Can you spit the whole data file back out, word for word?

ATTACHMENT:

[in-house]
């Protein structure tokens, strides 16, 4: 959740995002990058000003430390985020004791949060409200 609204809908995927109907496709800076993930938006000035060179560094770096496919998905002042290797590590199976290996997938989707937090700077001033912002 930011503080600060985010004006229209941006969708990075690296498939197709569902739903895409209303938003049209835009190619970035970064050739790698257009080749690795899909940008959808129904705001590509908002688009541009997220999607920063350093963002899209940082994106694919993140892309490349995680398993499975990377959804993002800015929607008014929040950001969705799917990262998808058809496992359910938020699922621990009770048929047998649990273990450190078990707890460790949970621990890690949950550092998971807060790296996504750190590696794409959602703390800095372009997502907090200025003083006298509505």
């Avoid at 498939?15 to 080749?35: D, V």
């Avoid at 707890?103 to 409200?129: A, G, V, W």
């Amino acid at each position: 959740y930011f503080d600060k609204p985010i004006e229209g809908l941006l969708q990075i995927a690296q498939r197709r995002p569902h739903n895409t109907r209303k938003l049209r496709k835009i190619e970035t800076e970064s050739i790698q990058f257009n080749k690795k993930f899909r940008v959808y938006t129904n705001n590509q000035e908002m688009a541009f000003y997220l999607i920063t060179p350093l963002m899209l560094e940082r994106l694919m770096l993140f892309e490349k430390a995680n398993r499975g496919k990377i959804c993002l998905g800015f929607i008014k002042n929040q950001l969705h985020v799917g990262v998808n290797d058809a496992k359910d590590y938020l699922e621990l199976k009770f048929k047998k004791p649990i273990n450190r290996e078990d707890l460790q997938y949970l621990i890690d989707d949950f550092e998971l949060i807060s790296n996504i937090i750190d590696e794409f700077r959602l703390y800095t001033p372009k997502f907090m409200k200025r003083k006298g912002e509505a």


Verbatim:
[in-house]
């Protein structure tokens, strides 16, 4: 959740995002990058000003430390985020004791949060409200 609204809908995927109907496709800076993930938006000035060179560094770096496919998905002042290797590590199976290996997938989707937090700077001033912002 930011503080600060985010004006229209941006969708990075690296498939197709569902739903895409209303938003049209835009190619970035970064050739790698257009080749690795899909940008959808129904705001590509908002688009541009997220999607920063350093963002899209940082994106694919993140892309490349995680398993499975990377959804993002800015929607008014929040950001969705799917990262998808058809496992359910938020699922621990009770048929047998649990273990450190078990707890460790949970621990890690949950550092998971807060790296996504750190590696794409959602703390800095372009997502907090200025003083006298509505």
């Avoid at 498939?15 to 080749?35: D, V």
């Avoid at 707890?103 to 409200?129: A, G, V, W």
């Amino acid at each position: 959740y930011f503080d600060k609204p985010i004006e229209g809908l941006l969708q990075i995927a690296q498939r197709r995002p569902h739903n895409t109907r209303k938003l049209r496709k835009i190619e970035t800076e970064s050739i790698q990058f257009n080749k690795k993930f899909r940008v959808y938006t129904n705001n590509q000035e908002m688009a541009f000003y997220l999607i920063t060179p350093l963002m899209l560094e940082r994106l694919m770096l993140f892309e490349k430390a995680n398993r499975g496919k990377i959804c993002l998905g800015f929607i008014k002042n929040q950001l969705h985020v799917g990262v998808n290797d058809a496992k359910d590590y938020l699922e621990l199976k009770f048929k047998k004791p649990i273990n450190r290996e078990d707890l460790q997938y949970l621990i890690d989707d949950f550092e998971l949060i807060s790296n996504i937090i750190d590696e794409f700077r959602l703390y800095t001033p372009k997502f907090m409200k200025r003083k006298g912002e509505a």